Delegates attending the influential Institute of Mining and Metallurgy conference in Queenstown were upbeat about New Zealand's prospects. Business reporter Simon Hartley wraps up the conference.
"Incremental" legislative changes and engaging with affected communities were prevalent themes at the opening of the New Zealand branch of the Institute of Mining and Metallurgy (AusIMM) annual conference yesterday.
L&M Mining will spend more than $10 million a year in Central Otago for the next six years through its Earnscleugh gold-mining operation.
About 200 people attended a debate at the University of Otago in Dunedin last night on the merits of mining.
A doubling of Crown Minerals funding to $14.8 million in the Budget has incensed the Green Party, which is opposed on several fronts to any expansion of mineral exploration or production in New Zealand.
The rejuvenated Australian mining sector is being hit hard by the strength of the Aussie dollar against the US, with some ASX100 resource stocks downgraded by up to 10%.
West Coast newcomer Bathurst Resources could begin open-cast coal-mining operations by the end of the year if its 24 resource consent applications - due to heard on June 7 in Westport - are granted.
A public meeting in Dunedin tomorrow will debate what an organiser says is "one of the biggest environmental issues facing New Zealand" - the proposed expansion of coal mining in Eastern Southland and South Otago.
Gold explorer listed Glass Earth Gold has begun a $200,000 six-week five-hole drilling programme at its Serpentine prospect, 13km north of Lake Onslow, near Millers Flat.
The National-led Government dipped a tentative toe in the conservation estate last year when Gerry Brownlee argued the case for digging up parts in a search for mineral wealth or, to be more specific, to find the pot of gold that would - just like that, it seemed - place our economy on a par with Australia's.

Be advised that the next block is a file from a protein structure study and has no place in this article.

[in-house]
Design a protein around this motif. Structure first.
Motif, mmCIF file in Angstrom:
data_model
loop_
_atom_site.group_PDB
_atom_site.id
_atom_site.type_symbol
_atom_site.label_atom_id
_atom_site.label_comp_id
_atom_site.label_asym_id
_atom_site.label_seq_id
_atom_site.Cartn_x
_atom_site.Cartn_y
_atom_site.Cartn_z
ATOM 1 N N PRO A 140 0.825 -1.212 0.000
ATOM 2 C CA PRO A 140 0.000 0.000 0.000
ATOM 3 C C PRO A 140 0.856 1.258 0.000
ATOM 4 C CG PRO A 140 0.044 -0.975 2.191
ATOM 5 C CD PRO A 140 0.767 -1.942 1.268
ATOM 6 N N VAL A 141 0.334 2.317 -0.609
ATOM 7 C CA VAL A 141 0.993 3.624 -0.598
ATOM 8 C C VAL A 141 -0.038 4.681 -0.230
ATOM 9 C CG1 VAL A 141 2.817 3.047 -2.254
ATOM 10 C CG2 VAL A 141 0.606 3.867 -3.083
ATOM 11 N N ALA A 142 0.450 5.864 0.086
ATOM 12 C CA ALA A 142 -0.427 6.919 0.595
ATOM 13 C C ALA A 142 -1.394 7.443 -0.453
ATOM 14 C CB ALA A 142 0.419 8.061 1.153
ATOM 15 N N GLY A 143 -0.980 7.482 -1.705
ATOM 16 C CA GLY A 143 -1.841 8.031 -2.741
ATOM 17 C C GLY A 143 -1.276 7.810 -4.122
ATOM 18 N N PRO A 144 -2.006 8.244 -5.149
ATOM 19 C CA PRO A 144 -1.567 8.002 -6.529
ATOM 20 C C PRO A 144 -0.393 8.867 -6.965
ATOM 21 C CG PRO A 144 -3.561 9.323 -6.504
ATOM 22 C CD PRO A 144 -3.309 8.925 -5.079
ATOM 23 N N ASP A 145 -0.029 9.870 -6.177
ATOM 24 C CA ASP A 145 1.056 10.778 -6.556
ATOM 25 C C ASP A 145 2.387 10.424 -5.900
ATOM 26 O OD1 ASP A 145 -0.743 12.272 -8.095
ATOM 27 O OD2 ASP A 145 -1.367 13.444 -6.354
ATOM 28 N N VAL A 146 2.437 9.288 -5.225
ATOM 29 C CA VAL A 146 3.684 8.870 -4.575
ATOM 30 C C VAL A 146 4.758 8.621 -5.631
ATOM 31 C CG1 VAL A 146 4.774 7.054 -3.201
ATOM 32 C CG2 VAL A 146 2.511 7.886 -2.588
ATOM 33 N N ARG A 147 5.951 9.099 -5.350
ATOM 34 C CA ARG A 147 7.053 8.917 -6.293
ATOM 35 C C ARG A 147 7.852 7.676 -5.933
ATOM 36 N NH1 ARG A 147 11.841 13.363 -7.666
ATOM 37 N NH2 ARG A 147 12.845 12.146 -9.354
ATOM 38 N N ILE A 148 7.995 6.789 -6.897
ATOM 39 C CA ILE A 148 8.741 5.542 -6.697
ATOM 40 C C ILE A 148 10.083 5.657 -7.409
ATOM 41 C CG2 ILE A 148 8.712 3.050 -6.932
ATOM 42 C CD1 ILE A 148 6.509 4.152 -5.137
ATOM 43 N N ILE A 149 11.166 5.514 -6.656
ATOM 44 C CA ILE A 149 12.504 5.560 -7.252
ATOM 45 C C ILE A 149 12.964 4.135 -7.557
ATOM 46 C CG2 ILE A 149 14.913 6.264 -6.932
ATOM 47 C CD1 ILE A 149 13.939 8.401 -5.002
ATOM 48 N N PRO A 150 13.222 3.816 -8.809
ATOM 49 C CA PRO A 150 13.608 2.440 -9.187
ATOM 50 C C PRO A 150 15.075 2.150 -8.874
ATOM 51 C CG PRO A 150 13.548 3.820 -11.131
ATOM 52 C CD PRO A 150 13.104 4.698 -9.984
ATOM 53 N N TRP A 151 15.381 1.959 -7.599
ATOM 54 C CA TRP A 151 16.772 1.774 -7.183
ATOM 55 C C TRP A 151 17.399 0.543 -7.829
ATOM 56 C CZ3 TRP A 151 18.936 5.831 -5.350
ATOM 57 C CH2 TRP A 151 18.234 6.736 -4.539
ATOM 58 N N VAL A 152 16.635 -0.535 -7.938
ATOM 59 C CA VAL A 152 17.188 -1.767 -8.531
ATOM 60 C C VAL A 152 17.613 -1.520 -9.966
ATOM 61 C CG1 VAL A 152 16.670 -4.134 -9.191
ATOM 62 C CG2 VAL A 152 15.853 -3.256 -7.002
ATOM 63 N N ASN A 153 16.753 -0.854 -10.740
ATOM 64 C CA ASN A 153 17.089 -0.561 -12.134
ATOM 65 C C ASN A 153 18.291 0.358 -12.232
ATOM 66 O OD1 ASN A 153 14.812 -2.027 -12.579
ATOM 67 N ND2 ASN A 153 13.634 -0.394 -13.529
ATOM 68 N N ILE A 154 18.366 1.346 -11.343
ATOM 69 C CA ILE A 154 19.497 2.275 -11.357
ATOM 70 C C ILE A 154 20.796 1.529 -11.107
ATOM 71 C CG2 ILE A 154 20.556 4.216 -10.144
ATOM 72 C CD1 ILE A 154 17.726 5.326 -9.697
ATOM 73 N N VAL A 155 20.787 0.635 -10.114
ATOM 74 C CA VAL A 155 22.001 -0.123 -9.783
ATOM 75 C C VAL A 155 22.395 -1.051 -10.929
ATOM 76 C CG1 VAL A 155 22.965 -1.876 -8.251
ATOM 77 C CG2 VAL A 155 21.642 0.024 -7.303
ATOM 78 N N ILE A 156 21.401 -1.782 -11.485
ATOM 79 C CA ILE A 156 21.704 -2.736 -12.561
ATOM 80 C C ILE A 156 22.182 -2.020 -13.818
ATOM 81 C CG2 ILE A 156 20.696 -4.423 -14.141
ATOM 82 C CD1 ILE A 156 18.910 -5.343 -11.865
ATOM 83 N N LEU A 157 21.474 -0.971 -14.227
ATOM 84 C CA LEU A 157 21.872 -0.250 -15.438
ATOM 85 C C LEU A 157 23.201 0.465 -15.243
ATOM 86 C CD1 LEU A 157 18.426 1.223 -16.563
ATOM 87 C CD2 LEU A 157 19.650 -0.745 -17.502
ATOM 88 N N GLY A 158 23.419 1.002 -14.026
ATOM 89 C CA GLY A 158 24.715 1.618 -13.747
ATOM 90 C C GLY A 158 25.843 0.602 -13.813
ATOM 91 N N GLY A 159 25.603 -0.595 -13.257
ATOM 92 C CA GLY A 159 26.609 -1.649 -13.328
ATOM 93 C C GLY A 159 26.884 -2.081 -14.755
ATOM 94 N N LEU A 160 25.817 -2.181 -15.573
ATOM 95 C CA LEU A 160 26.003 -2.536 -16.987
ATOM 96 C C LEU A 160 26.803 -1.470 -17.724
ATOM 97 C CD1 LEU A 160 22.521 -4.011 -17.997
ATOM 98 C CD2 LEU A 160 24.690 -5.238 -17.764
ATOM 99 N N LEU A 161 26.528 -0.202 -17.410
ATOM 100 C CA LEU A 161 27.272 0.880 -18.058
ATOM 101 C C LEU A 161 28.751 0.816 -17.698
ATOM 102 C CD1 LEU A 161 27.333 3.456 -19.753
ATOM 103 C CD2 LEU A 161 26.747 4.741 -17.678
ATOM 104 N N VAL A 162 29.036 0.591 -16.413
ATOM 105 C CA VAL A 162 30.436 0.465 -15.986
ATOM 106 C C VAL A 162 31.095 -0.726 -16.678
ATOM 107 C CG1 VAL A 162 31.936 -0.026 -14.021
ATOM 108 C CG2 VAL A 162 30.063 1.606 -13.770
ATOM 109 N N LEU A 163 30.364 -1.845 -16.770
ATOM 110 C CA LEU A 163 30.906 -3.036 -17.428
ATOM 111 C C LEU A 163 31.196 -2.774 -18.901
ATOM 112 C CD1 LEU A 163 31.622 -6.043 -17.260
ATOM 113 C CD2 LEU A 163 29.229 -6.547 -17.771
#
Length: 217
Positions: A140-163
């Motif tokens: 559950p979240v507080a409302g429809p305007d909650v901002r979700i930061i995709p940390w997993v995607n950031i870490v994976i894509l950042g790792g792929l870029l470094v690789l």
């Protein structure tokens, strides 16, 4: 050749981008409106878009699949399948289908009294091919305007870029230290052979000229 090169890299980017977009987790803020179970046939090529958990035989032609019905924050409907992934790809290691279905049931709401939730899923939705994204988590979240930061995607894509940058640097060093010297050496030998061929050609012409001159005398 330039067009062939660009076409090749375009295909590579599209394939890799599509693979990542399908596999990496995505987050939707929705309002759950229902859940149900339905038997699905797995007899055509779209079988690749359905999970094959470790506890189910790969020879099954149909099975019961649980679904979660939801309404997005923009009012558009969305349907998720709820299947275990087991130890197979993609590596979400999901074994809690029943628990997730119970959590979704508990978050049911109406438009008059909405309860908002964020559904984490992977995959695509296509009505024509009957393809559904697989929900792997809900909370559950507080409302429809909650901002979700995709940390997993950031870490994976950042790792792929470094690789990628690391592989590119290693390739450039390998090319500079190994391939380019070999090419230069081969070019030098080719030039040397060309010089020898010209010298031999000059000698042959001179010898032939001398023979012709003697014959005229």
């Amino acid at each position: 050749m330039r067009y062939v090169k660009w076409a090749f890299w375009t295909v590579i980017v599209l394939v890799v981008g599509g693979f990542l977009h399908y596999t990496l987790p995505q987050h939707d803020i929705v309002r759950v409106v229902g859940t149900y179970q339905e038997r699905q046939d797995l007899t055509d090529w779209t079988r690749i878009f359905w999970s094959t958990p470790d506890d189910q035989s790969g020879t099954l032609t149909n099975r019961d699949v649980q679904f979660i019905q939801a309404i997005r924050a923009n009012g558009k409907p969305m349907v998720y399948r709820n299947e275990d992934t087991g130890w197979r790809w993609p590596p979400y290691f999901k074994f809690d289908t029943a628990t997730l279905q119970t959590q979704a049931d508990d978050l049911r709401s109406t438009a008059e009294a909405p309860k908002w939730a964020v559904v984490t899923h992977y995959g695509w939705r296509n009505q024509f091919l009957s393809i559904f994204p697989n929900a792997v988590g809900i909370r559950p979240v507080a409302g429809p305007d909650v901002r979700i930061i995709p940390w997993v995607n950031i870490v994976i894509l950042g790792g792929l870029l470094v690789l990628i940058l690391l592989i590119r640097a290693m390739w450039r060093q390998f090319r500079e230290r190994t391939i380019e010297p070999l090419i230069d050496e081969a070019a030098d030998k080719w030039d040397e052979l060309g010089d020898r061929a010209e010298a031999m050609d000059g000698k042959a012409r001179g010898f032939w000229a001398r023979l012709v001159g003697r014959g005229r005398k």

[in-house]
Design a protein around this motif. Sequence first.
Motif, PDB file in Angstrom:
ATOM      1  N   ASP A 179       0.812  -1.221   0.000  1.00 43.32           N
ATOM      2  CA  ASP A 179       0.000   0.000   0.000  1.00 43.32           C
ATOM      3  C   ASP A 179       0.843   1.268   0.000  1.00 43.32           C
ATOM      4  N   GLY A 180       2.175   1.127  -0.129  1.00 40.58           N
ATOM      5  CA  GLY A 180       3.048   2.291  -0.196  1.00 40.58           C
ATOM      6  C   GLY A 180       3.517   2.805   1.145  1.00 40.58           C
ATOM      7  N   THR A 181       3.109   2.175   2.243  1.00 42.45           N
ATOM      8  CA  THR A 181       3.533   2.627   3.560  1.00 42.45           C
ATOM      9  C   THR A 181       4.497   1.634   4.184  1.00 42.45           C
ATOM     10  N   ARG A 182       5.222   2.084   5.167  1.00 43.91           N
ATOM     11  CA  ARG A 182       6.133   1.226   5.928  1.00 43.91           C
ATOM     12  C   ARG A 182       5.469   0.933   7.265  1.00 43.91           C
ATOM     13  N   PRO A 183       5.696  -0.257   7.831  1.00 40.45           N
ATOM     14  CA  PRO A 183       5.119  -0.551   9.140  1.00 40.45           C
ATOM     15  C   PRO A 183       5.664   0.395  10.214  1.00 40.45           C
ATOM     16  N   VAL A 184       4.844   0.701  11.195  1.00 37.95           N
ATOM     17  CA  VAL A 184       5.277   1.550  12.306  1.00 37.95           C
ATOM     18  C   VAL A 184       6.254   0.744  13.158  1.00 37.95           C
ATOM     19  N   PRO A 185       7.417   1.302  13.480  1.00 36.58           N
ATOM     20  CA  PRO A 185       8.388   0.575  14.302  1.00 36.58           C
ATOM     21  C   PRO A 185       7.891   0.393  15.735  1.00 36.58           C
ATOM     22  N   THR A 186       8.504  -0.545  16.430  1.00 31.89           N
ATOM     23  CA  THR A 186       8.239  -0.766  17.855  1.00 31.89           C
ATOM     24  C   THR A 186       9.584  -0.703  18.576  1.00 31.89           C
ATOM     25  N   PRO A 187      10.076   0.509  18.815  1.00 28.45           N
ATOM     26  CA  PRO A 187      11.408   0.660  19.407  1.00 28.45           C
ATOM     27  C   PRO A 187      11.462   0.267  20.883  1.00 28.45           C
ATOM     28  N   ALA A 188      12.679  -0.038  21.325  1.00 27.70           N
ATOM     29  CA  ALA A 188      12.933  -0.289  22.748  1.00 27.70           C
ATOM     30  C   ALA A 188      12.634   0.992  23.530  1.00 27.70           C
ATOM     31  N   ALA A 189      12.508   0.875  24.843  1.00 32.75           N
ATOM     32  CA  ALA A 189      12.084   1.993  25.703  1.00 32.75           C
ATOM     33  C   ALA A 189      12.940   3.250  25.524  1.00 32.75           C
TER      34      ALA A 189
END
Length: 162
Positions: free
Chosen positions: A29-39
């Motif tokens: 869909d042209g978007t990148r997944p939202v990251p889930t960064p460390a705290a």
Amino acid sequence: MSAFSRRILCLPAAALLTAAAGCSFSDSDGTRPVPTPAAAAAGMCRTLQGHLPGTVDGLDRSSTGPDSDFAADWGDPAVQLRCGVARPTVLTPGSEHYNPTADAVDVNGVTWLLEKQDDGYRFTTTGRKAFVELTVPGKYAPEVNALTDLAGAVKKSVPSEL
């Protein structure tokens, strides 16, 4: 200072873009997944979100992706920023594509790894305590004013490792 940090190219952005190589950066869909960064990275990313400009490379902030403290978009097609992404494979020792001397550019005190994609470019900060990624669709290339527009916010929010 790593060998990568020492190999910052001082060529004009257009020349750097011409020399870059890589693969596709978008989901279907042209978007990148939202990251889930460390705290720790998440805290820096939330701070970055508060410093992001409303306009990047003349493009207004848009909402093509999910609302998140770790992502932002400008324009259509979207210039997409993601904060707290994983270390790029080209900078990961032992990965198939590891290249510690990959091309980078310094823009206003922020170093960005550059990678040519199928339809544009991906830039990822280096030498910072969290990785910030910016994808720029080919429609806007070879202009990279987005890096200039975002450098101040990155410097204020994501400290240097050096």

Investors will have another mining stock to consider next week, with the dual listing of Broken Hill Prospecting Ltd on Wednesday, which raised $A4.5 million ($NZ5.9 million) during its initial public offering.
Sydney-based Greywolf Goldmining - which is spearheading Chinese interests considering mining and energy investments in New Zealand - hopes to be fully permitted, funded and listed on the stock exchange by year end.
The gloss has dulled on Oceana Gold shares which have shed 33% in value following a stellar run to their high of $5.41 last September.
Golden Bush Mining has been granted consent to operate an open cast alluvial gold mine on Schoolhouse Flat in the Nevis Valley, although its directors are unhappy by the cost of the resource consent process.
An assessment of the effect Golden Bush's proposed mining operation may have on the lower Nevis Valley did not go far enough, a resource consent hearing in Cromwell was told yesterday.
Solid Energy is defending its plans for Southland lignite after Parliament's environmental watchdog suggested it made no sense for taxpayers to spend billions of dollars subsidising even one lignite-to-diesel conversion plant.
Chinese energy company Qinghua Group is expected to announce before the end of the month whether it will launch itself into New Zealand, in what could be a multibillion-dollar investment into lignite conversion, port development and a steel mill.
Reaction has been muted to a potential billion-dollar mining investment in New Zealand by Chinese company, the Qinghua Group.
Heritage Gold (NZ) Ltd said it asked Broken Hill Prospecting Ltd (BHPL) for more time to consider its initial public offer and the closing date for the offer has been extended to December 20 as a result.